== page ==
I made it to solve a problem I had: people signing up for my newsletter but never confirming their email addresses. After Googling around and realizing there wasn’t a better solution out there, I decided to make the tool public and post it in a few places.

After this, I very quickly saw a slow trickle of people successfully using the tool, and over time I started getting some positive feedback from people who found and used it successfully.

Mailchimp Thread

A few of the adoring Chimp List Helper fans. Source: this Facebook thread. About 20,000 email addresses have been subscribed since its launch in April.

This small step was super motivating!

It made me realize that despite how saturated and crowded the internet is today, there were still small things I could build that would solve people’s problems better than anything else out there. This gave me the confidence to believe that if I just came up with something worth building that I’d be able to add real value to the world.

The year I became the “place card guy” (May)

I would be remiss if I didn’t talk about place cards at least a tiny bit in this post. May marked the initial launch of my place cards MVP and the first people successfully using Place Card Me! It also marked the beginning of my online identity becoming more and more tied up in place cards, for better or for worse.

The most ironic thing about building a product for the wedding industry was how little I knew about it. I ended up embracing my ignorance and it worked out okay.

The year I remembered I love writing

In high school and college I dreamed about becoming a writer.

However, coming from a family of engineers and having a penchant for math and science it never felt very practical. By the time I’d graduated from university with a CS degree it seemed my path had been chosen, and as I got into software development I found product-building and engineering to be a similar creative outlet for my energy.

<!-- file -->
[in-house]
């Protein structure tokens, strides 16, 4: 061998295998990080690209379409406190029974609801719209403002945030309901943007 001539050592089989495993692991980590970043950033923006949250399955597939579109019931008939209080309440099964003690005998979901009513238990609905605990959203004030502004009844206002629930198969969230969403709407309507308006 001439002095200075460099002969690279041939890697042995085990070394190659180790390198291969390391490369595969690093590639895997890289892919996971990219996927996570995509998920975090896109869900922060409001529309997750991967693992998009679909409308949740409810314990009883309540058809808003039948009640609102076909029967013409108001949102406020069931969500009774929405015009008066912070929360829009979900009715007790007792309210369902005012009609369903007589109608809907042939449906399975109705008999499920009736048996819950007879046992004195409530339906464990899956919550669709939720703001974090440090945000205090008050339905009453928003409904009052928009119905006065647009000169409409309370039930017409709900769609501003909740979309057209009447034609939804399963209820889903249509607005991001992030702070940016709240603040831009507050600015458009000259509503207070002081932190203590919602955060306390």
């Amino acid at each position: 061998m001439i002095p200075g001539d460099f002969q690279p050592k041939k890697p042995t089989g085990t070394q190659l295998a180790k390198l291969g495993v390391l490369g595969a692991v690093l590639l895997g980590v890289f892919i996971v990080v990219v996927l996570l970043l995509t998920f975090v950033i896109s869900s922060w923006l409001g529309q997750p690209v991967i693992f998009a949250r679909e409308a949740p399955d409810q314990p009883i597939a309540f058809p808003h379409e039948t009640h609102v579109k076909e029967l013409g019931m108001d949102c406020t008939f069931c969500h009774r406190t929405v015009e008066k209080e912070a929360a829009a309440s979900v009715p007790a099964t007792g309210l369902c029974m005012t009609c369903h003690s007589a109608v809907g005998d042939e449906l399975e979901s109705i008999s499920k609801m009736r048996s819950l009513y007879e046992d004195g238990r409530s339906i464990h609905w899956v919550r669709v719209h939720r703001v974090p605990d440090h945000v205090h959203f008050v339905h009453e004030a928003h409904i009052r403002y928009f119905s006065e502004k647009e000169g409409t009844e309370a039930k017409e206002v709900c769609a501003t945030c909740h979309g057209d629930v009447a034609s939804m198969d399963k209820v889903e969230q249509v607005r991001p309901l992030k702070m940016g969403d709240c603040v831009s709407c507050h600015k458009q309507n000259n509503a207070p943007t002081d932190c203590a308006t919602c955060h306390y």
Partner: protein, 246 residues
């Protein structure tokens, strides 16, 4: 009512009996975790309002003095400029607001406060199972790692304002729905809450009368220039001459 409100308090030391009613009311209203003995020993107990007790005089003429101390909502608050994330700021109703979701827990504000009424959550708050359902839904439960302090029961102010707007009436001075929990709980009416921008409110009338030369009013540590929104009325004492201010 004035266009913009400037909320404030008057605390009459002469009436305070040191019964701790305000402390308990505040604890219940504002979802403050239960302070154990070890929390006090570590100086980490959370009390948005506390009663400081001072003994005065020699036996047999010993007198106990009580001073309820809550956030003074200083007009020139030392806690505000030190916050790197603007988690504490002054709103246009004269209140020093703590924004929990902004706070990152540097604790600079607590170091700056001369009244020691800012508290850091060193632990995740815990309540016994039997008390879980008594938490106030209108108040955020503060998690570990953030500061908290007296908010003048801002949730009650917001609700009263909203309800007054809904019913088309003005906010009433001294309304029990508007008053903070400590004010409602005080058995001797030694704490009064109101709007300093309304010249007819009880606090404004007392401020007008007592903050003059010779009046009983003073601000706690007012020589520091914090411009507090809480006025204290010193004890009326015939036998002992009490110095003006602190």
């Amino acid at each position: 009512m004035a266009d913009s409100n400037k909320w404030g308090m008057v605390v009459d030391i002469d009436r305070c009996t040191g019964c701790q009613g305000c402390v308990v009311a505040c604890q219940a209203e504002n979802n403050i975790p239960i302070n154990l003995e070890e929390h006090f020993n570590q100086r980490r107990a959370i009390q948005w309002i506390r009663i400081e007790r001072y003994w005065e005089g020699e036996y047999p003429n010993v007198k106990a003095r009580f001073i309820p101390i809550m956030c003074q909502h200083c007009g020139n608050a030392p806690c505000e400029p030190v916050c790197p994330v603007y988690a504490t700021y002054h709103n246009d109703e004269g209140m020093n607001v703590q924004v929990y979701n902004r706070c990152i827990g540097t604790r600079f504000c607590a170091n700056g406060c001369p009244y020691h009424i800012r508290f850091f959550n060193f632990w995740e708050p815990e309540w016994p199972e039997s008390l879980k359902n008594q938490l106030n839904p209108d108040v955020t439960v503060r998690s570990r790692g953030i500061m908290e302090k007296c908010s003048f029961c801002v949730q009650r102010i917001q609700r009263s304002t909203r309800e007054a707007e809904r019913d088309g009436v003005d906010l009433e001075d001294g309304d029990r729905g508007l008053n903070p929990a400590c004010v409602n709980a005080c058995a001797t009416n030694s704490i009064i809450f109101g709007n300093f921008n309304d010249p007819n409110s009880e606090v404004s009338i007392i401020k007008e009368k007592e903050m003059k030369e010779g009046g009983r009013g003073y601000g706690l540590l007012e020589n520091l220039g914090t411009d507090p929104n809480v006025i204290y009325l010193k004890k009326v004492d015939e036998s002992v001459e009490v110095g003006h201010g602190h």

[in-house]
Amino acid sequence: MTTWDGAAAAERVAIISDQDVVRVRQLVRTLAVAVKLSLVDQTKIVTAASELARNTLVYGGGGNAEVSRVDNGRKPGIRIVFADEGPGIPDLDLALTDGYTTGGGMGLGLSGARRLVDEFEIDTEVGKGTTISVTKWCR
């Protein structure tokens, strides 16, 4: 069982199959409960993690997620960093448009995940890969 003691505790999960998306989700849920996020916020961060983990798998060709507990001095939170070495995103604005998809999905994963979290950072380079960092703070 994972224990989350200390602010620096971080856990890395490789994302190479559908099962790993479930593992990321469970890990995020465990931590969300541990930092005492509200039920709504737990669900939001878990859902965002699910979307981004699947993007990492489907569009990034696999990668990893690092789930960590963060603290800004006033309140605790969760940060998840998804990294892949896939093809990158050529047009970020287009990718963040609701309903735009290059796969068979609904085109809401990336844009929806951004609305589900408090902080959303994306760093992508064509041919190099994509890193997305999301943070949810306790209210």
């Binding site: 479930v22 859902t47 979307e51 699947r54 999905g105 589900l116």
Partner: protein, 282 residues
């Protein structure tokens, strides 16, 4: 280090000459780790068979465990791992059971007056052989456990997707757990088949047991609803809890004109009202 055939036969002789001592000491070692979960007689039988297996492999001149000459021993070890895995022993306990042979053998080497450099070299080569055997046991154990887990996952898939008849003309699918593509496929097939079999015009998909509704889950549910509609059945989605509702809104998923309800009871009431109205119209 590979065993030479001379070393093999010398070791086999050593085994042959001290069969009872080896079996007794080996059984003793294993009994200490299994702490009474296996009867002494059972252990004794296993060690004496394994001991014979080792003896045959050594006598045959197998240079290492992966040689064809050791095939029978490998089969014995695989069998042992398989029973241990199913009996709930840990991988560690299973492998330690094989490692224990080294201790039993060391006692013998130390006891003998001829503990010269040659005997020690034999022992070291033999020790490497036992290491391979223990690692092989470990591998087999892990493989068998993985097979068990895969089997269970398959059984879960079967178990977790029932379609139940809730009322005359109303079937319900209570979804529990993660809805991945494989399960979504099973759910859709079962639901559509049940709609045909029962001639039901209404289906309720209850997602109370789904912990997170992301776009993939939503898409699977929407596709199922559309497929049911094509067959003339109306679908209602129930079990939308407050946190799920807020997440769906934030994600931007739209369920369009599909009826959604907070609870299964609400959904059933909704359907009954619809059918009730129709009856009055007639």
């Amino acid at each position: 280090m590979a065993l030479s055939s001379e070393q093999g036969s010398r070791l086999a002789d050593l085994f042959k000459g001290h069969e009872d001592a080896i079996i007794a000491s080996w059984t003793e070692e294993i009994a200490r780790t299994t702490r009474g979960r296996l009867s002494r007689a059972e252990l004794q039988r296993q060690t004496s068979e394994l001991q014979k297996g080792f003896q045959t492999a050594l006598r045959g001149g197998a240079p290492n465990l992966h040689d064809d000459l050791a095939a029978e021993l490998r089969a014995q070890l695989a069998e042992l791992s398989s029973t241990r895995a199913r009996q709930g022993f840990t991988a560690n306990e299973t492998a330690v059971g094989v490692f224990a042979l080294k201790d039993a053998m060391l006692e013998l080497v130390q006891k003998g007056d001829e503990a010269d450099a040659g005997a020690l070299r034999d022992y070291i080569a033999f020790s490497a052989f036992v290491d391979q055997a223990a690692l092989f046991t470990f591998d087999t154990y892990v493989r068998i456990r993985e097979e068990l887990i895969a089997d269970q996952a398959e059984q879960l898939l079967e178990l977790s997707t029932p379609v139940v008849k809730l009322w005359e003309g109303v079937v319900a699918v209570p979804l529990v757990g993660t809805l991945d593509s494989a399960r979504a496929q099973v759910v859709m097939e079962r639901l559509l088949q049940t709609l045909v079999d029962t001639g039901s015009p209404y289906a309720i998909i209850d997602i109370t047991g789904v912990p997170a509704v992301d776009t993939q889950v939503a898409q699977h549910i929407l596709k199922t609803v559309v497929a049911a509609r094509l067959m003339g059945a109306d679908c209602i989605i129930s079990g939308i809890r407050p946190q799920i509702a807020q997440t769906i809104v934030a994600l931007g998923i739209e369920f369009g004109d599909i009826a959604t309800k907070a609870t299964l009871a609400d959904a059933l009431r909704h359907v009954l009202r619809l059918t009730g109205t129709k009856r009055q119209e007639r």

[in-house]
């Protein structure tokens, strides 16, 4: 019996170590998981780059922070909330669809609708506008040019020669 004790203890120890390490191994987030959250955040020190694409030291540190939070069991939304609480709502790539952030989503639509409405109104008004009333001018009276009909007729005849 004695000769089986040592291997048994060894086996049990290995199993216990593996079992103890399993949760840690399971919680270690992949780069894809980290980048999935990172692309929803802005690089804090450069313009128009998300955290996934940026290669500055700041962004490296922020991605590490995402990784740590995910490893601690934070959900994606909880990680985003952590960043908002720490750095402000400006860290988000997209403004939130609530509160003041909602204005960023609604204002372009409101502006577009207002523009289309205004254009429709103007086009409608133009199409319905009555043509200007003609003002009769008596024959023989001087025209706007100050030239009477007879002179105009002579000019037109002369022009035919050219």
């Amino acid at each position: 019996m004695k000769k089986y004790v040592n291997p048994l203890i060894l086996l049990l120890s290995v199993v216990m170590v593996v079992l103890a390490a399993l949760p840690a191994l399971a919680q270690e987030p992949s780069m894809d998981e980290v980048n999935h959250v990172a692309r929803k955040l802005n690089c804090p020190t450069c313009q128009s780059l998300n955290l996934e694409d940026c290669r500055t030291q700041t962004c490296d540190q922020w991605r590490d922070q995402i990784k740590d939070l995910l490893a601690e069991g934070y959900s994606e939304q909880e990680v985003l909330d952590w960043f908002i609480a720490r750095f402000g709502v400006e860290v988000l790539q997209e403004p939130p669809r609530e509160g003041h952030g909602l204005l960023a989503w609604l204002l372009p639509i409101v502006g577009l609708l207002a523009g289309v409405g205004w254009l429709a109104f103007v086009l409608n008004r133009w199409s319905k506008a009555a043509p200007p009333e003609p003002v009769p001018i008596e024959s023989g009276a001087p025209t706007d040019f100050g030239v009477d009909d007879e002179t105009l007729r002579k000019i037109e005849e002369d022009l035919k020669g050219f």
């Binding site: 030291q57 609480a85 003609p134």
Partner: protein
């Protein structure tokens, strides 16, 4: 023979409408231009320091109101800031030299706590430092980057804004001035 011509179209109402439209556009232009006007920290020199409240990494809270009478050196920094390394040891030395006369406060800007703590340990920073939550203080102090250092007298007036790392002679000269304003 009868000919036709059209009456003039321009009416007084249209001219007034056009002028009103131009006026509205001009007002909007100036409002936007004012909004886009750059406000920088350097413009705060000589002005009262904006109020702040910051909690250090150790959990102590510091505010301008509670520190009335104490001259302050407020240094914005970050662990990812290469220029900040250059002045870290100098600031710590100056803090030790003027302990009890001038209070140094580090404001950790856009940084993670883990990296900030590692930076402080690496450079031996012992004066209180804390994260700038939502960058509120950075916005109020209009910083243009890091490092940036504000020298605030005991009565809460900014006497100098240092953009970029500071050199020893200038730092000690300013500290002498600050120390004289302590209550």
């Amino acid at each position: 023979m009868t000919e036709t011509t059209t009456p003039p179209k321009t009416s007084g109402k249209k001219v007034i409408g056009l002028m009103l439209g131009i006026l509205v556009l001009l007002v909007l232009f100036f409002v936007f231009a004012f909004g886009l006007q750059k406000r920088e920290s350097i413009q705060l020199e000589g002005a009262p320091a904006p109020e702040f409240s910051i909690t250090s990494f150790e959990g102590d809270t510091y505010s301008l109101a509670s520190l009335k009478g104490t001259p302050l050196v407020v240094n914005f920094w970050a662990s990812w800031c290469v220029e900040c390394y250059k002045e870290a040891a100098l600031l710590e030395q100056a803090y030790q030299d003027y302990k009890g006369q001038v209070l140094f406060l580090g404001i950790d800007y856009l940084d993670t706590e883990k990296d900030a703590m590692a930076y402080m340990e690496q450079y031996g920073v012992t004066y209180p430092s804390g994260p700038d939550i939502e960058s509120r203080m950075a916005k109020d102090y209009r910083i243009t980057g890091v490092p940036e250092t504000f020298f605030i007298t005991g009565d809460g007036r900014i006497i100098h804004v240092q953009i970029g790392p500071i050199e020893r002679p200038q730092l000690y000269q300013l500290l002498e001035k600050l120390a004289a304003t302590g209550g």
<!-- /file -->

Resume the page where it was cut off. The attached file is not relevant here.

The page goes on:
Still I enjoyed writing, it just mostly took the form of emails, speeches, and the like.

Remember that whole “audience building” plan?

Well it turns out for that to work you have to build a product that relates to your audience. In my case I ended up making a product for the wedding industry and writing about becoming an indie hacker/solopreneur, which didn’t really work. At all.

Still, publishing things on the internet regularly had a major side-effect: it rekindled my interest in writing in a big way.

The idea that I could actually attract the attention of people on the internet was such a magical concept. A person on the other side of the world thought that this thing I wrote down was valuable enough to give me their time and attention—and sometimes even respond! That’s amazing.

At the outset, riddled with insecurity and self-doubt, I never really felt like I would produce anything of actual value, and so the fact that even a modest amount of people engaged with it was super motivating. This created a positive feedback loop of writing and publishing that motivates me to this day.

Medium Stats

Stats for my ten most-read stories on Medium. In total I’ve probably had around 12,000 story-reads, which is a modest but motivating enough number to keep at it.

The year I got my memories back (June)

In June, feeling like I might have chosen poorly with the whole place cards idea, I decided to take some time and build something else, mostly for myself. The result was Photos New Tab—a Chrome extension to show you photos from your Google account in your new browser tabs. The result? I now get to see the pictures I’ve taken throughout the course of my day.

To embrace an ongoing goal I had of getting outside my own comfort zone, I also did something scary and published myself on YouTube to try and promote it.

Me awkwardly attempting to talk up my chrome extension.

Like most of my projects, Photos New Tab got modest traction, showing about 180,000 photos to 375 active users since its launch in June.